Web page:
James L. Dalton - Inventor
James L. Dalton was born near Ponder, Ripley county, Missouri, December 28, 1866, and died in Poplar Bluff, Missouri, January 10, 1926. He married Clara B. Wright of Doniphan, Missouri, sister of the late Thomas and Joseph Wright, Sr.
To his union was born the following children: Charles, who married Ethel Morrison. They had two children, Clara Alice and Mary Jeane. Charles died in 1924. Grover W., who married Francis Burke. They have two children, James L. Dalton, Jr., and Richard; Phoebe, who is not married, and Mary, who married Lincoln Hinrichs.
Grover and his sisters live in Poplar Bluff. He is a well-known business man and the state chairman of the Republican party in Missouri at present.
The parents of James L. Dalton were William M. Dalton and Mary Caroline Myatt, natives of Ripley county, Missouri. William Dalton was born May 30, 1834 and died September 7, 1878. His wife was born October 9, 1838 and died April 12, 1890.
William Dalton was a son of Elijah Dalton, who was a son of John Dalton who settled in southern Ripley county, Missouri, about 1812. A complete list of the Dalton family is included in this book.
The brothers and sisters of James L. Dalton (our subject) were: Zilpha, who married Thomas D. Mock; Zillah who married Jeff Stubblefield; Rufus C, still living at Doniphan, Missouri; Zimriah, who drowned at age 14; Mary Elizabeth, who also died in infancy; Sarah P., who married Ben F. Spikes; Lively A., who married Thomas H. Wells. Mrs. Spikes and Mrs. Wells are living in Pocahontas at present; Ascenith, who died when 11 years of age, and two half-sisters, Dora Arnold, who married Ervin Reynolds, and Ida Belle Arnold, who married Andrew Conner. Mrs. Reynolds lives near Elm Store.
The life story of James L. Dalton would be appropriate subject matter for a Horatio Alger story. He rose from the position of a practically uneducated backwoods boy to become the owner of the largest department store in the Middle West and head of one of the world's largest business machine manufacturing plants, devoted to the manufacture of the Dalton Adding and Calculating Machine, of which he was inventor.
When a small child, living with his mother and other children he was constantly engaged in experimenting with machinery. His father died when James L., was 12 years of age. An older member of the family once said that James was "all the time fooling with wheels." His mother bought a sewing machine about this time and the boy made an exact copy of it of wood, and it would sew.
The year he was 18 he decided to go forth into the world and seek his fortune. With $60 which he obtained from a bale of cotton which he grew in the hills of what is now Baker township, Randolph county, he set forth. He first went to St. Louis. Finding no job he went on to Chicago. Finding nothing to his liking he came back to St. Louis where he obtained a job in the old William Barr Dry Goods Company at a salary of $5 per week. This was in 1884. After working there a short time he came back to Doniphan, where he went to work in a hardware store of his future wife's relatives at $12 per month and board. He was soon made a partner and later became sole owner. He built this business up to where he saw greater possibilities in the larger town of Poplar Bluff, to which town he moved. It grew to be the largest department store in the whole Midwest and one year the retail sales reached $765,000.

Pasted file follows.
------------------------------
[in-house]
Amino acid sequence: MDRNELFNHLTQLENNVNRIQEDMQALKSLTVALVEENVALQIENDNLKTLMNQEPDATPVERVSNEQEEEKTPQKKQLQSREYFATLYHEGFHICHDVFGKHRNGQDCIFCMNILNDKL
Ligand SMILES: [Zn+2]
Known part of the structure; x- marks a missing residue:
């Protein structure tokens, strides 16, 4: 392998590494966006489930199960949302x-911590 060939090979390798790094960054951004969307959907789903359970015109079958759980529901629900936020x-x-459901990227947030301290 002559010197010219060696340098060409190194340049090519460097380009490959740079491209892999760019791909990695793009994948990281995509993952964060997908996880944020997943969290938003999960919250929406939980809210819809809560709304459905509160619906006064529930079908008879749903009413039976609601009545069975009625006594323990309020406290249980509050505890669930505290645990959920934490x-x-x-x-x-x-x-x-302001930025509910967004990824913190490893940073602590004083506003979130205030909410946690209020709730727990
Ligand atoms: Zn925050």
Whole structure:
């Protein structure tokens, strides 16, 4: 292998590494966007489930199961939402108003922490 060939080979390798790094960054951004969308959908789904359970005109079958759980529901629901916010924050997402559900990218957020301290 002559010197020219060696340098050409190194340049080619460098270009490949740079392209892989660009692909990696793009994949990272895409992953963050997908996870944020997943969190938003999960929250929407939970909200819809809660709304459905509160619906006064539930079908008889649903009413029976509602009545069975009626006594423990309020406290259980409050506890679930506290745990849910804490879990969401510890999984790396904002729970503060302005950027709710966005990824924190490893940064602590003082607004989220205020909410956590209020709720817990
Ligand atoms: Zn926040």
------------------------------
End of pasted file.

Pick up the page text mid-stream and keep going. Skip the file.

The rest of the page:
All the time he was building this great store business he was still thinking about "wheels." Observing that the adding machines of that period were complicated arrangement of keys and other cumbersome contraptions, James L. Dalton there decided that he would build a better one!
Mr. Dalton turned the store over to his son and others and devoted his entire time to the adding machine. He once stated that during this time he was "president, general manager, factory manager, timekeeper, paymaster, bookkeeper and chief salesman." The first factory was in a side room and Mr. Dalton said that during that period the three or four mechanics who built the first machines watched him leave on a sales trip with great interest, because, as he said, "if I didn't make a sale they didn't get paid." But after a few years, aided with the capital of friends, and a refusal to become discouraged and quit, success came his way. The machine began to sell on the market and 200 sales offices were ultimately opened up in different parts of the world, and sales ran up to $1,000,000 worth a month. The job had been done.
Besides being a merchant of great success and prominence and an internationally known inventor and manufacturer, he became a brilliant speaker and writer. Hearst's Magazine published a feature article on the life of James L. Dalton many years ago, in which the feature writer stated that, "Although he was never in his life taught to 'parse' a sentence, he is now a brilliant speaker and writer, the recipient of requests from leading chambers of commerce and other civic clubs throughout the country to address their conventions and banquets."
Mr. Dalton was identified with many civic and fraternal bodies and always took great interest in the affairs of business and the state.
At the age of 22, while living in Doniphan he was elected Master of the Masonic Lodge. At 26 he was District Deputy Grand Master of the State of Missouri.
He was the first Republican ever elected to the State Legislature of Missouri from Ripley county.